SIRAS: Low Returns For Video Products
By Editors of TWICE On Jul 19 2010 - 3:01am
REDMOND, WASH. — Home video
hardware has one of the lowest levels
of attempted returns in consumer
electronics, according to the latest aging
return data from SIRAS.
The provider of point-of-sale product
registration services to retailers and
manufacturers, which provides these reports
to TWICE exclusively, said that the
home video hardware category for the
June 2009 to May 2010 report includes
DVD/portable DVD, Blu-ray, digital tuners
and converters, and home-theater
components, but not TVs.
The reason for the category’s low
level of attempted returns (as a percentage
of total products purchased)
is because it has the single lowest rate
of attempted returns during the first 15
days following the date of sale: Less
than 70 percent of return attempts take
place during this period.
SIRAS president Peter Junger said
the low overall rate of return is a function
of two factors. First, the category
includes the digital TV tuners that
were part of the government’s tuner
rebate program last year. The program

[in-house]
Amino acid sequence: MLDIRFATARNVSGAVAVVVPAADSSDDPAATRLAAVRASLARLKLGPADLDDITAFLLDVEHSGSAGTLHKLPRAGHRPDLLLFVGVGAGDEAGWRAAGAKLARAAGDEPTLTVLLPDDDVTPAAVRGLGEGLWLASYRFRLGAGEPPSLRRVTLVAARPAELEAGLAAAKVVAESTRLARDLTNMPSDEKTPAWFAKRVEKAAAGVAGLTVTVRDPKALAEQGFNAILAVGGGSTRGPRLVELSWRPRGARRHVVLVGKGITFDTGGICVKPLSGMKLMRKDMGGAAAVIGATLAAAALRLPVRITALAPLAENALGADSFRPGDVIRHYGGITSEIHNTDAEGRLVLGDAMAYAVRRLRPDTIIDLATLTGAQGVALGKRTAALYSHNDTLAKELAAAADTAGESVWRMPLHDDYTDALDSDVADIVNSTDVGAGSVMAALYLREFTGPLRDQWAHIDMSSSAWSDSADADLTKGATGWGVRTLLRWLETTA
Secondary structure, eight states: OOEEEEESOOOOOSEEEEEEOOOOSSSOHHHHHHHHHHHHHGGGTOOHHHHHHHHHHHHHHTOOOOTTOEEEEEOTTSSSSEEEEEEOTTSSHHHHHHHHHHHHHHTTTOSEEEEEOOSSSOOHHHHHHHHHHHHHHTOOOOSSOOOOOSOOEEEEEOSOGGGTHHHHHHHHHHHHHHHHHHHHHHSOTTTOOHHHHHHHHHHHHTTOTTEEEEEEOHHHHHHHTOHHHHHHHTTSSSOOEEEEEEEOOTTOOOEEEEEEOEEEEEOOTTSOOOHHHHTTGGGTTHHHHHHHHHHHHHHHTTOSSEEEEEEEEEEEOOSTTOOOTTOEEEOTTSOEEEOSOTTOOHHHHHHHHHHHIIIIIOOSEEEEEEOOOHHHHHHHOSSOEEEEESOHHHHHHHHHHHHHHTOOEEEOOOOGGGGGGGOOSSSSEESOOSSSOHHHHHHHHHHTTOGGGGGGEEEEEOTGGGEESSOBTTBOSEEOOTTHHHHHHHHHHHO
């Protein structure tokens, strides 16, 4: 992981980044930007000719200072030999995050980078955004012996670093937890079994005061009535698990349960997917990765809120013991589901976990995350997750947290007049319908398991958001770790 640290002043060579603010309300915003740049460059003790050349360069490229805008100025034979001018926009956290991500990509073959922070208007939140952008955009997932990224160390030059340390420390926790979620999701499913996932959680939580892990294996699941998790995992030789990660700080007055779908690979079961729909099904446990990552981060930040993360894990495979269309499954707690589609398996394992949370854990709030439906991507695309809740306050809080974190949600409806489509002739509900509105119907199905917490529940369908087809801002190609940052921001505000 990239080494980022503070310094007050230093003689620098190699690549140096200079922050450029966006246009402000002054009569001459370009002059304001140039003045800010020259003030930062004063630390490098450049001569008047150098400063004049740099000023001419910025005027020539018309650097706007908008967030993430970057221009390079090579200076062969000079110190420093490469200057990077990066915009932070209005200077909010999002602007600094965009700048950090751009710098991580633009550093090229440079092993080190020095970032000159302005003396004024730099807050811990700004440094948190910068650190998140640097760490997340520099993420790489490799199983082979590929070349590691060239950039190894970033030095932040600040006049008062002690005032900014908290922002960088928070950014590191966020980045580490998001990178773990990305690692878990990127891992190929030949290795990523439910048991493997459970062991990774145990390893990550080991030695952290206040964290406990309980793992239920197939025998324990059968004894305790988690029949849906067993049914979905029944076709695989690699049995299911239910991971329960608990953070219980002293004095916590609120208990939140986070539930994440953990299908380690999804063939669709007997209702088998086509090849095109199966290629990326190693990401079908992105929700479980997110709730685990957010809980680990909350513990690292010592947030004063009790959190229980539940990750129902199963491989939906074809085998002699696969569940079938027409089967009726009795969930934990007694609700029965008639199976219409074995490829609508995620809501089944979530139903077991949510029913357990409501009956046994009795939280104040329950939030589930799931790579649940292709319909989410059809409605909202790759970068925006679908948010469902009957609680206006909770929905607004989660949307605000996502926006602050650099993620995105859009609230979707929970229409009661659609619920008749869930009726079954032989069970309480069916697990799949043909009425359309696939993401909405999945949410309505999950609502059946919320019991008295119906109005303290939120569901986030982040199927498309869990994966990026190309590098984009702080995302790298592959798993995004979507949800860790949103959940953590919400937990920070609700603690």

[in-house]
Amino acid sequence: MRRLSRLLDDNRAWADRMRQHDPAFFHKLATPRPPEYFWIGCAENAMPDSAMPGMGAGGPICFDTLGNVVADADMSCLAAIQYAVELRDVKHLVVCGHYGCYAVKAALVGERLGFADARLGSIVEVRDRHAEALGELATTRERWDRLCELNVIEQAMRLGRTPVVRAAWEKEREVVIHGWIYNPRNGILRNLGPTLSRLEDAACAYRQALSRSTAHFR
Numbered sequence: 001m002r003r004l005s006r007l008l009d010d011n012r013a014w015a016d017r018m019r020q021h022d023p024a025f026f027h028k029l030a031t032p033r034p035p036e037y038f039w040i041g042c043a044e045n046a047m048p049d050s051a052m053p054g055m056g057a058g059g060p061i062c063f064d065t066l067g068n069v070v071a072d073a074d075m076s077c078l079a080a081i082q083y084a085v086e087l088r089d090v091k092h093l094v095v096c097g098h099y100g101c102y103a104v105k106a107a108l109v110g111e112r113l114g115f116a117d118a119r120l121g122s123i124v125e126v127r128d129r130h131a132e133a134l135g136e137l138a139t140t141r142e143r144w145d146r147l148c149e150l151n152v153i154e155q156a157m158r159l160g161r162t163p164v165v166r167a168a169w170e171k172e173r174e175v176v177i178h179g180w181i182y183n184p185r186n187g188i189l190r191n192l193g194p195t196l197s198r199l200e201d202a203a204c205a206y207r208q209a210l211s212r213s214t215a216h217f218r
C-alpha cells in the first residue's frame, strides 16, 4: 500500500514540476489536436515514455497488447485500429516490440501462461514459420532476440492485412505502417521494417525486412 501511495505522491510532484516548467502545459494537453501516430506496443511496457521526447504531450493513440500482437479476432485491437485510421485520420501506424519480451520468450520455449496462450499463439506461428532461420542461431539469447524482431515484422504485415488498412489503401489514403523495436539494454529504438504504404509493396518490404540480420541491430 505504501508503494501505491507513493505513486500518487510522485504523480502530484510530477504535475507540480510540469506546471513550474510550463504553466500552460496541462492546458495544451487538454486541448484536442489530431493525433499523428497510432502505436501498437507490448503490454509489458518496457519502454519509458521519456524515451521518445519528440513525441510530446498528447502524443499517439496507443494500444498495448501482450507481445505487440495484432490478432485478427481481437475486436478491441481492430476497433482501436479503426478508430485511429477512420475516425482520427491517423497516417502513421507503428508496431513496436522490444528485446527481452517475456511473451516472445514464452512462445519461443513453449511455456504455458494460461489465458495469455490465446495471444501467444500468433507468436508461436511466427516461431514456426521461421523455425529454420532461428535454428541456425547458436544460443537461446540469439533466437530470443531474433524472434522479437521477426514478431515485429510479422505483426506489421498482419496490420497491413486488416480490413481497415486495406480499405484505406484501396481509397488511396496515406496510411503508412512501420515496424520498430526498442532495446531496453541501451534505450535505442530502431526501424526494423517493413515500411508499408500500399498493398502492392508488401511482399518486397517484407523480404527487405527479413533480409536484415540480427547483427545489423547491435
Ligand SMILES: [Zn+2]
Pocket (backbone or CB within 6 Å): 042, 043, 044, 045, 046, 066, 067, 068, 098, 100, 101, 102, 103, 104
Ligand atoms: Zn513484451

subsidized consumer purchases of
tens of millions of digital tuners so that
people typically paid $25 or less from
their own pockets for the device.
Presumably, Junger said, only those
people who needed a box bought one,
and those who needed it kept it, since
it was their least costly way to receive
digital broadcasts following the analog
Secondly, said Junger, the category
includes DVD players, which, as
one of the less expensive and most
popular home technology devices,
is unlikely to arouse buyer’s remorse.
They are also devices that are relatively
simple to install and operate,
and hence are least likely to give customers
cause to attempt a return.
Retailers who are experiencing a higher return rate for video hardware than
for other goods, or who experience a high
rate of return (attempts) during the 15 days
post purchase, may want to look into the
situation, since it could be sign of return
fraud or other problems, SIRAS said.